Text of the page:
Candlestick charting is one of the most effective ways of interpreting prices and emotions of other traders when trading stocks. Knowing how analyze candlestick charts can help a trader to determine whether a trade is likely to be profitable or not.
Candlestick charting primarily highlights price movements of a currency, derivative, or security over time. This style of charting is mostly used in combination with volume bar-charts for technical analysis of patterns and stocks.
What is a Volume Candlestick?
A volume candlestick is a technical analysis indicator that combines the standard components of a candlestick along with volume, creating wider or thinner candlesticks depending on the timeframe chosen. The composition and color of a candlestick provides additional information to traders about the momentum and direction of a stock.
The rectangle is sized to indicate the difference between the opening and closing prices. The length of the top wick shows the difference between the high and the opening or closing price, while the length of the bottom wick marks the low price.
If the stock price rises during the day, the body of the rectangle is darkened to indicate that the upper horizontal body line is the opening price while the lower horizontal border line is the closing price. Alternatively, a white or red body indicates a higher closing price. The upper body line is the closing price while the lower body line is the opening price in this case.
Origin of Candlesticks
Candlesticks were first used by Japanese rice traders in the 18th century after realizing that human emotions could play a part in the direction of a market. The traders created candlestick charts to display daily price movements in order to visually represent those emotions.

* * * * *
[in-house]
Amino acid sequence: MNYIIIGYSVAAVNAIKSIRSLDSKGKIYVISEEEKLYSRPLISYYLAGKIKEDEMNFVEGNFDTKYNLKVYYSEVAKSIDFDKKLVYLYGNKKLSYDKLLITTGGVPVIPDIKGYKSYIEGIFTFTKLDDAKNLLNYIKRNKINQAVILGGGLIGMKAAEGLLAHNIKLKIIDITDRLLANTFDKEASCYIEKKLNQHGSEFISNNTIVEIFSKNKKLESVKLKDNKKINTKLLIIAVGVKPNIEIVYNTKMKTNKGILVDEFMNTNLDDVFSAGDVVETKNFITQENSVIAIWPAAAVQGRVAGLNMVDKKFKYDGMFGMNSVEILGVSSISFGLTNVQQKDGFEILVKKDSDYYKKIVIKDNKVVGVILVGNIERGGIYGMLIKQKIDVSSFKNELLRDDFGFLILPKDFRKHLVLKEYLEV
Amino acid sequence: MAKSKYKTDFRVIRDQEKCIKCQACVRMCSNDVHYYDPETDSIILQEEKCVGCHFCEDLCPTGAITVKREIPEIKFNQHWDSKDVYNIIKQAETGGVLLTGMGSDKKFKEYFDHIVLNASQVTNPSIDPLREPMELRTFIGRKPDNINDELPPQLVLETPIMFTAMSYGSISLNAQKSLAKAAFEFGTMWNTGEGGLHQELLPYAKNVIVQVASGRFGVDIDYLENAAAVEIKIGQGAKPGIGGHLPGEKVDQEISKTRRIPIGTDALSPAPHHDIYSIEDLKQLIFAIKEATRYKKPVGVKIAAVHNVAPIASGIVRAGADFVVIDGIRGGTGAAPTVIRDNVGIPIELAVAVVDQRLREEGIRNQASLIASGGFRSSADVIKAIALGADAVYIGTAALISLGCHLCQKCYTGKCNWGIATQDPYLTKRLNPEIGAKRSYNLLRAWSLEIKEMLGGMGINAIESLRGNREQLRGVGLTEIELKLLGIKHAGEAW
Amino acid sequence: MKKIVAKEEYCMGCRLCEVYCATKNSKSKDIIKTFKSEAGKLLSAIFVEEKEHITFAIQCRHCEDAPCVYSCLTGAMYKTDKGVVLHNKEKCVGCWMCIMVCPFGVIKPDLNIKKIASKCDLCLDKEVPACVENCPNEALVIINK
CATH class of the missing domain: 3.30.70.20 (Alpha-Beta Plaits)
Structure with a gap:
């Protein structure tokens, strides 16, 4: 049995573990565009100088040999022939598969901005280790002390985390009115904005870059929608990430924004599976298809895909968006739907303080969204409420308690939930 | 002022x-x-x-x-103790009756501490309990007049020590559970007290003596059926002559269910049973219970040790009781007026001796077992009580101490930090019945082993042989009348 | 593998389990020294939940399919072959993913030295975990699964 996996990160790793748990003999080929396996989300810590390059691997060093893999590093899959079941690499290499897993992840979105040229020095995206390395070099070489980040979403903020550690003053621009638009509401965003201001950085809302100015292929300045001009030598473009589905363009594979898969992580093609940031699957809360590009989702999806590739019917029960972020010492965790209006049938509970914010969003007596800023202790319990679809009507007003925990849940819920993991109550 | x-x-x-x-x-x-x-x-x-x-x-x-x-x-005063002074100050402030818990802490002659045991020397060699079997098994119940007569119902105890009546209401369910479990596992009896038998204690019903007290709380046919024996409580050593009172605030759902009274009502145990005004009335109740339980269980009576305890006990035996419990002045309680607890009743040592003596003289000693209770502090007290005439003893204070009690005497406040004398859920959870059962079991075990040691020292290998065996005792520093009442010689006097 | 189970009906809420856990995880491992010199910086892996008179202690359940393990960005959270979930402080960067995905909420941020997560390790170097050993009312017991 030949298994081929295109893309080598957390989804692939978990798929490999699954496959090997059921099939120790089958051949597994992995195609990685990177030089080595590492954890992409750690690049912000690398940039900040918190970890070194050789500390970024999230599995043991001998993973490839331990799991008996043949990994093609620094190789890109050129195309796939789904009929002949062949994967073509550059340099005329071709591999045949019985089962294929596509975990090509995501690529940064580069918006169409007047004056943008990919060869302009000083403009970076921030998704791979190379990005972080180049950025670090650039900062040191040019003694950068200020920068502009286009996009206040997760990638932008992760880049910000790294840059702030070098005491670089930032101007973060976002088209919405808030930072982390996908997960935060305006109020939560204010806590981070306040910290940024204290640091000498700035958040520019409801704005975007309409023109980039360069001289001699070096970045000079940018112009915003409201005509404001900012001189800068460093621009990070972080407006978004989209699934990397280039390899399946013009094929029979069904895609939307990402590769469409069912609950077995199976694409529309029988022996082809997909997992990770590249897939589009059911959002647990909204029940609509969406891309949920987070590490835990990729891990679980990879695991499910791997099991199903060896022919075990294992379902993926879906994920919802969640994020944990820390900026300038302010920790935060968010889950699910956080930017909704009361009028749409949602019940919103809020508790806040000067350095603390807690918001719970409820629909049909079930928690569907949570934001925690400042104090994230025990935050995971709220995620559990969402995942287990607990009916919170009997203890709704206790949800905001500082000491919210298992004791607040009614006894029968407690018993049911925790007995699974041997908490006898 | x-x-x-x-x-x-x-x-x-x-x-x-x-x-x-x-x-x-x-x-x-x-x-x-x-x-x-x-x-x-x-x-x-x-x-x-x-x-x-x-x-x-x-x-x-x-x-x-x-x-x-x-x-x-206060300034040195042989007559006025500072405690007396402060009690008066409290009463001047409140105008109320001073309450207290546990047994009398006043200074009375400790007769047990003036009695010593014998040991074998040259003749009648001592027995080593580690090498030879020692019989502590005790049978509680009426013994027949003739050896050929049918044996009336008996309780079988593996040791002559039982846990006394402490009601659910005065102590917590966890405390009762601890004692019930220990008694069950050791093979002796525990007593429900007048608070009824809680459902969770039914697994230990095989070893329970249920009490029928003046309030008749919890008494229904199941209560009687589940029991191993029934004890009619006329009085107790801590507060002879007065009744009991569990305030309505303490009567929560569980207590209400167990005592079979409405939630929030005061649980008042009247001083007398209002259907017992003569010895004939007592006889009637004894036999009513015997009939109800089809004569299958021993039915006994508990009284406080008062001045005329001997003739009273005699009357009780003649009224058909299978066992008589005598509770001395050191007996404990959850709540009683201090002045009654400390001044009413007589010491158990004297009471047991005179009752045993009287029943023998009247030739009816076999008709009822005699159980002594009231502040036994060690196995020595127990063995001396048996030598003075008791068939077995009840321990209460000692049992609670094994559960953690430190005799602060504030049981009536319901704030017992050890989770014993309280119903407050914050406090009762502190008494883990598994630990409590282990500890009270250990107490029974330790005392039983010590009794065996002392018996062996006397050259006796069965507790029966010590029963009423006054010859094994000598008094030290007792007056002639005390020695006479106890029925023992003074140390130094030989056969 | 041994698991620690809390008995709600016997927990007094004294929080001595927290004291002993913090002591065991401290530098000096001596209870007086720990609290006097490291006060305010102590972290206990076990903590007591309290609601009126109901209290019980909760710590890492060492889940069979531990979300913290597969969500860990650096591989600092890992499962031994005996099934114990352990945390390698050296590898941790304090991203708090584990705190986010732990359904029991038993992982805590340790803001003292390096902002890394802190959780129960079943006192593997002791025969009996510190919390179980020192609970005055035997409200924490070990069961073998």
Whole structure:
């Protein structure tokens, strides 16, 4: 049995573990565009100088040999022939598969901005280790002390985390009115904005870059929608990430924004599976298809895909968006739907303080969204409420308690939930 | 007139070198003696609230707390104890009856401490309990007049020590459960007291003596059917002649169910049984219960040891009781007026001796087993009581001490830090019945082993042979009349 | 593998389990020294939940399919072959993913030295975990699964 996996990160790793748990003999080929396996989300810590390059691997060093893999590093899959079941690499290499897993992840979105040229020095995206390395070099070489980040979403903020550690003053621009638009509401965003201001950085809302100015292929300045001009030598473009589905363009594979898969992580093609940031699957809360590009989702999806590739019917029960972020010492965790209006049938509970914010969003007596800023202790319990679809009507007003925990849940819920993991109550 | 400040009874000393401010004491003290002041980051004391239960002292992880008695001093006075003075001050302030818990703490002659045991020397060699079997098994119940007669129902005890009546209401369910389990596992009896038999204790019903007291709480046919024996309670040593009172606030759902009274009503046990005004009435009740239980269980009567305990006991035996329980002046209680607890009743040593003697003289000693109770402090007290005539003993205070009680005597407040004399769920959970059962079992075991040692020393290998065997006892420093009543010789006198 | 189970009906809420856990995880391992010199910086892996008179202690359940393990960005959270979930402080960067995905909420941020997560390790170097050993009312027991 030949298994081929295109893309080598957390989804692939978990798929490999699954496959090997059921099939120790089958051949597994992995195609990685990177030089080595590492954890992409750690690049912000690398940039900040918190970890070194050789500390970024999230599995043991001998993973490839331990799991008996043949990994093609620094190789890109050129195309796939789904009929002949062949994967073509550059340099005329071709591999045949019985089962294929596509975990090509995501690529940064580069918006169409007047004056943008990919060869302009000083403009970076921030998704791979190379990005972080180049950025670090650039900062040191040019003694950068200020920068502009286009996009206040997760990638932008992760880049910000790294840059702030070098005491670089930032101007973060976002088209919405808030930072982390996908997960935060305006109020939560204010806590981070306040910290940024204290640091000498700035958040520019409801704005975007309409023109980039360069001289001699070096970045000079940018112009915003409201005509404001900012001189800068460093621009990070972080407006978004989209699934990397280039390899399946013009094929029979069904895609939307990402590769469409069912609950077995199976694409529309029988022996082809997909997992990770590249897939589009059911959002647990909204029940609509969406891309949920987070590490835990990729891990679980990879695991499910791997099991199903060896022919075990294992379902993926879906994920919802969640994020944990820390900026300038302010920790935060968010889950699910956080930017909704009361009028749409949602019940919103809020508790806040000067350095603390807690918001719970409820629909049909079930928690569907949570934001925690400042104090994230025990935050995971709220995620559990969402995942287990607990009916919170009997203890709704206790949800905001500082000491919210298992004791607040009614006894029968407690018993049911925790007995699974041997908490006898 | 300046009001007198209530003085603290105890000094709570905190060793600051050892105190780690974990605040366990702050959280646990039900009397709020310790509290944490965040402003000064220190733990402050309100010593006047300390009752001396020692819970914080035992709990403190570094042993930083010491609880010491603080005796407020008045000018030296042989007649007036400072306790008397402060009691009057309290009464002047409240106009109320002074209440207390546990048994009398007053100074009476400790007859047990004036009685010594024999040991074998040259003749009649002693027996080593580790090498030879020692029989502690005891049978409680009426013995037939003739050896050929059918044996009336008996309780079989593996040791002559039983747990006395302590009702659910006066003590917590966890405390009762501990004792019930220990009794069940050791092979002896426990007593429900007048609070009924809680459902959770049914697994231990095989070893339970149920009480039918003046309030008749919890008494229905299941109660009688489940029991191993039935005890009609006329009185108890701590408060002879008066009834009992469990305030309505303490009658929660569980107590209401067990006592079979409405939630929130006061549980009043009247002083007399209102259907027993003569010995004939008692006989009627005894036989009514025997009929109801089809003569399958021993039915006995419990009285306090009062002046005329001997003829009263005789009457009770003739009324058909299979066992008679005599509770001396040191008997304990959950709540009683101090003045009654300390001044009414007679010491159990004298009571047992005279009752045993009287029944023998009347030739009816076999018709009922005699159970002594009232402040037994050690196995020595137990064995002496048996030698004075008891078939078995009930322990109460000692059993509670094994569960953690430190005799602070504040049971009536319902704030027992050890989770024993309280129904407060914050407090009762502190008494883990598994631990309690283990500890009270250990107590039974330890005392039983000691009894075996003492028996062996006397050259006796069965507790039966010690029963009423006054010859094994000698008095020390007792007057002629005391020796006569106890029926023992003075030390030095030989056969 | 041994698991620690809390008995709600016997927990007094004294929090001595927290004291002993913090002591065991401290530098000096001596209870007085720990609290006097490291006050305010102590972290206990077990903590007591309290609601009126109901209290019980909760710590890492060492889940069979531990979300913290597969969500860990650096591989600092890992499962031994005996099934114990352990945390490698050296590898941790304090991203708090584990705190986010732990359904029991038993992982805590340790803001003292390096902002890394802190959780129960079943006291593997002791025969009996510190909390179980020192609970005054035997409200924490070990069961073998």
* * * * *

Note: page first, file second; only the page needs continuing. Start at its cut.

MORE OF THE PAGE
Trading Volume Candlesticks
The width of a candlestick offers extra dimension of information. The lower the trading volume, the skinnier the candlestick body. A higher-volume days result in wider candlestick. Chartists also plot volume at the bottom of a chart as a series of rectangles.
A green volume bar is a higher-price trading session and a red bar is a lower-price trading session. Traders who plot candlesticks everyday look for various patterns and shapes to indicate the expected movement of stock prices.
A candlestick’s width represents volume that has been normalized to indicate its percentage of a lookback period. For instance, if you used a three-month lookback, the width of each daily candlestick would represent the day’s volume as a percentage of the three-month volume.
When a stock closes in relation to the range, traders can analyze candlesticks to know who is winning the war between sellers and buyers. If a stock closes at the bottom of the range, we can conclude that sellers showed more aggression and were willing to exit at any price. On the other hand, the buyers were only willing to buy at low prices hence causing the stock to fall.
If a stock closes at the top of the range, we can conclude that buyers showed more aggression and were willing to enter at any price. Meanwhile, the sellers were only willing to sell at high prices thus causing the stock to rise.
Wide Range and Narrow Range Candlesticks
Candles can be classified in two categories: narrow range candles (NRC) and wide range candles (WRC). Narrow range candlesticks indicate that there is low volatility/little interest in the stock, while wide range candlesticks indicate that there is high volatility/high interest in the stock.
Narrow range candlesticks form when volume is low, while wide candlesticks form when volume is high. Narrow range candlesticks imply low volatility – a period of time when traders show very little interest in a stock. With this in mind, it makes sense to enter a stock during periods of low volatility and getting out during periods of high volatility.
Wide range candlesticks form when volume is high – a period of time of traders show high interest in a stock. Therefore, you can look at volume candlesticks to determine the interest of either the sellers or buyers and trade in the direction of the trend. You want to know if a stock is attracting interest and whether institutional traders are accumulating or distributing it.
When you are reading candlestick charts, what you need to know is why the candle looks the way that it does. If analyzed correctly, candlesticks can help traders to know who is in control of the market between buyers and sellers, as well as to gauge their interest in a given stock.
By watching the true price action of a stock in simple formats such as volume candlesticks, you may be able to hold winners for longer and sell losers faster.